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J Am Acad Dermatol. 2019 Jun;80(6):1640-1649. doi: 10.1016/j.jaad.2019.01.009. Epub 2019 Jan 14.

Poor prognosis for thin ulcerated melanomas and implications for a more aggressive approach to treatment.

Author information

1
University of Colorado Cancer Center, University of Colorado, Aurora, Colorado.
2
University of Colorado Cancer Center, University of Colorado, Aurora, Colorado; Department of Medicine-Biomedical Informatics and Personalized Medicine, School of Medicine, University of Colorado, Aurora, Colorado.
3
University of Colorado Cancer Center, University of Colorado, Aurora, Colorado; Department of Dermatology, School of Medicine, University of Colorado, Aurora, Colorado; Department of Preventive Medicine, Keck School of Medicine of the University of Southern California, Los Angeles, California; Department of Dermatology, Keck School of Medicine of the University of Southern California, Los Angeles, California. Electronic address: myles.cockburn@ucdenver.edu.

Abstract

BACKGROUND:

Clinical guidelines for the treatment of melanoma are based largely on the behavior of thicker tumors. As a result, little is known about survival differences among patients with thinner tumors.

OBJECTIVE:

To investigate the variability in survival for American Joint Committee on Cancer stage T1 thin melanoma tumors, defined as tumors less than 1 mm thick at diagnosis.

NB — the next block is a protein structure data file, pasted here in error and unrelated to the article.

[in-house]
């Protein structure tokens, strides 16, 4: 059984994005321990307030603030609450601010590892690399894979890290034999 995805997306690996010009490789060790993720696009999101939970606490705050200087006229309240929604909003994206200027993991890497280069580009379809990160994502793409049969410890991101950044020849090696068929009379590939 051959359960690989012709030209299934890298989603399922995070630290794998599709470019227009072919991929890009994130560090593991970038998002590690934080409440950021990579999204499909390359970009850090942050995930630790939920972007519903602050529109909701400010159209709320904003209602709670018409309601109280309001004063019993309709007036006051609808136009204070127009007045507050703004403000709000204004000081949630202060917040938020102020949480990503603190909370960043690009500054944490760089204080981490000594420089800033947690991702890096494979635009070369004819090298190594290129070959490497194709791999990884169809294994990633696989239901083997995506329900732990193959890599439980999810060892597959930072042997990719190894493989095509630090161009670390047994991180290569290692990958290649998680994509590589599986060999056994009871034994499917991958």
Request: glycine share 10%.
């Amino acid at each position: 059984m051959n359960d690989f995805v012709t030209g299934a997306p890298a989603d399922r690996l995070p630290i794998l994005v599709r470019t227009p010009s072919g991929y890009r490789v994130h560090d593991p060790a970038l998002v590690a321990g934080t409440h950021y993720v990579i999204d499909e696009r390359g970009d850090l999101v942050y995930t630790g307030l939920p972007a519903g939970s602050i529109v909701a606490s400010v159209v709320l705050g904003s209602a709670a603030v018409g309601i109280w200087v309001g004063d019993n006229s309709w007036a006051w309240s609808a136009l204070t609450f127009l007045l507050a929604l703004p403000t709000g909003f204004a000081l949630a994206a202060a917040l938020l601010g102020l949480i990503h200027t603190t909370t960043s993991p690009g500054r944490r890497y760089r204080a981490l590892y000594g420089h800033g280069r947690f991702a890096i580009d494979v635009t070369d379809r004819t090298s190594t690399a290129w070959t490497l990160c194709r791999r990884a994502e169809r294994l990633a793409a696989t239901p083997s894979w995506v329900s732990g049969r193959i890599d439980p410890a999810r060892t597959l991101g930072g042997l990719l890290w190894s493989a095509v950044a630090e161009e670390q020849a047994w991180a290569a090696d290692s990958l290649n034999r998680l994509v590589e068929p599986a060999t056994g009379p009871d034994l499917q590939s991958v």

METHODS:

This population-based series included 43,008 non-Hispanic whites in whom cutaneous melanoma was diagnosed between 2004 and 2013 from the California Cancer Registry. Survival outcomes were estimated using the Kaplan-Meier method. Cox proportional hazard models were used to estimate risk of death.

RESULTS:

Survival for patients with thin ulcerated tumors was comparable to that for patients with stage II tumors, who are currently treated more aggressively. At 12 months, patients with thin ulcerated tumors had approximately 6% lower survival (92.5% [95% confidence interval (CI), 90.6%-93.9%]) compared with patients with thin nonulcerated tumors (98.2% [95% CI, 98.0%-98.3%]). At 24 months, this survival difference increased (85.2% [95% CI, 82.8%-87.4%] vs 96.1% [95% CI, 95.8-96.3%] for those with thin ulcerated and thin nonulcerated tumors, respectively) and a greater than 15% survival difference was seen at 60 months.

LIMITATIONS:

Previous reports of cancer registry data have noted some evidence of miscoding of thin tumors.

CONCLUSION:

The poorer survival in patients with ulcerated tumors less than 1 mm thick implies the need for additional studies to determine potential benefits of more aggressive treatment.

KEYWORDS:

melanoma; staging; survival; tumor thickness

PMID:
30654077
DOI:
10.1016/j.jaad.2019.01.009

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